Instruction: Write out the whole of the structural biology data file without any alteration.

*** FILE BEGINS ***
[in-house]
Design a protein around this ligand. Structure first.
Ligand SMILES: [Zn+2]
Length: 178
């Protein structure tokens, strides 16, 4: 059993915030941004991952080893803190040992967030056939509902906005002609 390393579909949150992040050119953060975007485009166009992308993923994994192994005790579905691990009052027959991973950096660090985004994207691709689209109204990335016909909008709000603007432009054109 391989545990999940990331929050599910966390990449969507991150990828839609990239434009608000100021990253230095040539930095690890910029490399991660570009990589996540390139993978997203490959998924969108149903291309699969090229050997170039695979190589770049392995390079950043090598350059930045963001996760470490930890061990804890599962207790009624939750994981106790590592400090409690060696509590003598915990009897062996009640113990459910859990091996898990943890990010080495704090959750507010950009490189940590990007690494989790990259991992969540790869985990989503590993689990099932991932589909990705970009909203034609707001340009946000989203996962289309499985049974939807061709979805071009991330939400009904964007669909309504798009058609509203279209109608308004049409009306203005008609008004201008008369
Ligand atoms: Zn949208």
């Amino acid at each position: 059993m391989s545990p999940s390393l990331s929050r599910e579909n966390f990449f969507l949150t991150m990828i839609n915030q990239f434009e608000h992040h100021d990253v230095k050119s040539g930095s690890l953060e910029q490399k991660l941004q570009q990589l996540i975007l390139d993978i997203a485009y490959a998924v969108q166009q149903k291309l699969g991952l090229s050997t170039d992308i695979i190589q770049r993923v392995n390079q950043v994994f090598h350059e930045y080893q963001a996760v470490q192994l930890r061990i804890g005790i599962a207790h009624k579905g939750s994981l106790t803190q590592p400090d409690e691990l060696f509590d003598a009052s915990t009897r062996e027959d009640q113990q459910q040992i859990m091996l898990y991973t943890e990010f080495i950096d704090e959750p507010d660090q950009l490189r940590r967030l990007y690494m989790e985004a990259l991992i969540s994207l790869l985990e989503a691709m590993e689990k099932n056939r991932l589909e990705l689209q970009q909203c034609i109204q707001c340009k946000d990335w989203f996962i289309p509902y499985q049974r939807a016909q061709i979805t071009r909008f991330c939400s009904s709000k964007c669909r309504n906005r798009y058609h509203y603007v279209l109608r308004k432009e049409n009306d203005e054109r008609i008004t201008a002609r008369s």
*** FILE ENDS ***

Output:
[in-house]
Design a protein around this ligand. Structure first.
Ligand SMILES: [Zn+2]
Length: 178
């Protein structure tokens, strides 16, 4: 059993915030941004991952080893803190040992967030056939509902906005002609 390393579909949150992040050119953060975007485009166009992308993923994994192994005790579905691990009052027959991973950096660090985004994207691709689209109204990335016909909008709000603007432009054109 391989545990999940990331929050599910966390990449969507991150990828839609990239434009608000100021990253230095040539930095690890910029490399991660570009990589996540390139993978997203490959998924969108149903291309699969090229050997170039695979190589770049392995390079950043090598350059930045963001996760470490930890061990804890599962207790009624939750994981106790590592400090409690060696509590003598915990009897062996009640113990459910859990091996898990943890990010080495704090959750507010950009490189940590990007690494989790990259991992969540790869985990989503590993689990099932991932589909990705970009909203034609707001340009946000989203996962289309499985049974939807061709979805071009991330939400009904964007669909309504798009058609509203279209109608308004049409009306203005008609008004201008008369
Ligand atoms: Zn949208």
């Amino acid at each position: 059993m391989s545990p999940s390393l990331s929050r599910e579909n966390f990449f969507l949150t991150m990828i839609n915030q990239f434009e608000h992040h100021d990253v230095k050119s040539g930095s690890l953060e910029q490399k991660l941004q570009q990589l996540i975007l390139d993978i997203a485009y490959a998924v969108q166009q149903k291309l699969g991952l090229s050997t170039d992308i695979i190589q770049r993923v392995n390079q950043v994994f090598h350059e930045y080893q963001a996760v470490q192994l930890r061990i804890g005790i599962a207790h009624k579905g939750s994981l106790t803190q590592p400090d409690e691990l060696f509590d003598a009052s915990t009897r062996e027959d009640q113990q459910q040992i859990m091996l898990y991973t943890e990010f080495i950096d704090e959750p507010d660090q950009l490189r940590r967030l990007y690494m989790e985004a990259l991992i969540s994207l790869l985990e989503a691709m590993e689990k099932n056939r991932l589909e990705l689209q970009q909203c034609i109204q707001c340009k946000d990335w989203f996962i289309p509902y499985q049974r939807a016909q061709i979805t071009r909008f991330c939400s009904s709000k964007c669909r309504n906005r798009y058609h509203y603007v279209l109608r308004k432009e049409n009306d203005e054109r008609i008004t201008a002609r008369s």